Likewise, if the car coming straight ran a red light or stop sign while hitting the left-turner, the driver striking the left-turner will almost certainly be liable. Generally, a violation of the law is conclusive evidence of negligence.
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Who has the Right of Way in a Left Turn?
The vehicles in the traffic you must turn across to turn left usually have the right of way under New York law. The driver turning left within an intersection or into a private road, driveway, or alley must yield to any vehicle approaching from the opposite direction.
The left-turner is not required to wait at the light if there is no oncoming traffic. However, if there is a left-turn arrow marking the intersection as protected for left turns, the driver must turn only a yellow or green arrow. The law prohibits drivers from turning on a red left-turn area even if no traffic is coming from the opposite direction.
Why Left-Turn Accidents Are so Dangerous?
A large percentage of the left-turn car accidents that involve catastrophic injuries or deaths occur at or near intersections.
Here are some suggestions for why that is true and the factors that make it so.
- When you’re making a left turn, you are going across oncoming traffic, increasing the risk of an accident with those cars; there is a substantial risk that the turning driver may underestimate the speed or distance of the oncoming traffic.
- The risk of a rear-end crash increases if the car behind you does not realize you have stopped to wait for clearance to make the left turn; drivers behind you may be on autopilot and simply not notice that you have stopped even though the light is green.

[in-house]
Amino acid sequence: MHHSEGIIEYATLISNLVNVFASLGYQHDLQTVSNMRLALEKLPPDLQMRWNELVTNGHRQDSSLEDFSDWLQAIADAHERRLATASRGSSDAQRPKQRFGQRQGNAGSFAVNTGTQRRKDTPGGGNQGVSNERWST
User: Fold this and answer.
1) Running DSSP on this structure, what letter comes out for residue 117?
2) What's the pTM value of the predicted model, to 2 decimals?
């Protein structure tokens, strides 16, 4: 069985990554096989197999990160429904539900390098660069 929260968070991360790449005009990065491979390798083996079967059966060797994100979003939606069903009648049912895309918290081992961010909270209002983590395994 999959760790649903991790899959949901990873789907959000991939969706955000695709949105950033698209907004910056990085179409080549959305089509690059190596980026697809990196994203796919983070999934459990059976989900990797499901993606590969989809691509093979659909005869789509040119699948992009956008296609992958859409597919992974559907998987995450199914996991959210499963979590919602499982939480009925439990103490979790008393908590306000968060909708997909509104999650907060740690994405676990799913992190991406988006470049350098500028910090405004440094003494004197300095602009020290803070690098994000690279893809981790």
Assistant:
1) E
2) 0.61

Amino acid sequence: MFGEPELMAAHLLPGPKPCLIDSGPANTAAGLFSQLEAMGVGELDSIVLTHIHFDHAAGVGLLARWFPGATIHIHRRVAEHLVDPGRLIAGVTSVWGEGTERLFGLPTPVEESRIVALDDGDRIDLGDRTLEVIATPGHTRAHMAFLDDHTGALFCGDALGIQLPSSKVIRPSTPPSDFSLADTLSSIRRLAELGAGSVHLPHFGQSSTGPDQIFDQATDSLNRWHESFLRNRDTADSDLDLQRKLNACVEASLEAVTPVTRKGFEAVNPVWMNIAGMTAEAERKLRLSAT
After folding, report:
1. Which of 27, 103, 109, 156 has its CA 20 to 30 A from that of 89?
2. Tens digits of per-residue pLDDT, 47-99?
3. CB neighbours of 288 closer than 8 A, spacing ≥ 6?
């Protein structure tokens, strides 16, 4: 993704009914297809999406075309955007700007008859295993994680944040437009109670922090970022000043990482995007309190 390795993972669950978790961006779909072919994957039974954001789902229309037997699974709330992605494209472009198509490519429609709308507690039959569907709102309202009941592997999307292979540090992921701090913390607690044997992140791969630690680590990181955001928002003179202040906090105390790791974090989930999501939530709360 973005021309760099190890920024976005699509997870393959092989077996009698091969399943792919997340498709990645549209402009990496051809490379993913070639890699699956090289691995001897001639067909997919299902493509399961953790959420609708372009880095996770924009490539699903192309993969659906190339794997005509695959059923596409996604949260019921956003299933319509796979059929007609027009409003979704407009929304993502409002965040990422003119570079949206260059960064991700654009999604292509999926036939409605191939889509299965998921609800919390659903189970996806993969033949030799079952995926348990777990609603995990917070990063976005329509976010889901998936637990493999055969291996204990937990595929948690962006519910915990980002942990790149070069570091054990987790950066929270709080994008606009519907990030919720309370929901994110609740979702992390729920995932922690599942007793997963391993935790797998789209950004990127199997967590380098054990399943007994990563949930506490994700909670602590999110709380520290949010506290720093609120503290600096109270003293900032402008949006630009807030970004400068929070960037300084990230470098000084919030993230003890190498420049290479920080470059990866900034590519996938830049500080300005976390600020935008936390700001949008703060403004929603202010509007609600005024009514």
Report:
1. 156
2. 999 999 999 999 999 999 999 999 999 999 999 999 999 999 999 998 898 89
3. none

- Drivers making left turns often try to race the other drivers, creating a tremendous risk of a collision.
- The oncoming traffic breaks the speed limit, going much higher than the vehicle turning left; if the car turning left gets hit, it will be a severe collision.
- Misjudging the speed or distance of the oncoming traffic
- By misjudging the length of the red light (if there is one), drivers will think they have more time to make the turn than they do; when the light changes, the opposite traffic suddenly becomes a dangerous problem.
- Forgetting that there may be pedestrians in the crosswalk; drivers may have to suddenly stop or swerve to avoid a pedestrian in the crosswalk; other drivers may not notice and then strike either the turning vehicle or the pedestrian.
- The number of lanes in the intersection; a greater number of lanes simply provides more opportunities to misjudge all the various parties
- The driver turning left may have an obstructed view during the turn.
- The driver turning left may have failed to signal the turn; this leaves those around you mystified about your intentions and guessing what you will do.
Common Injuries in a Left-Turn Accident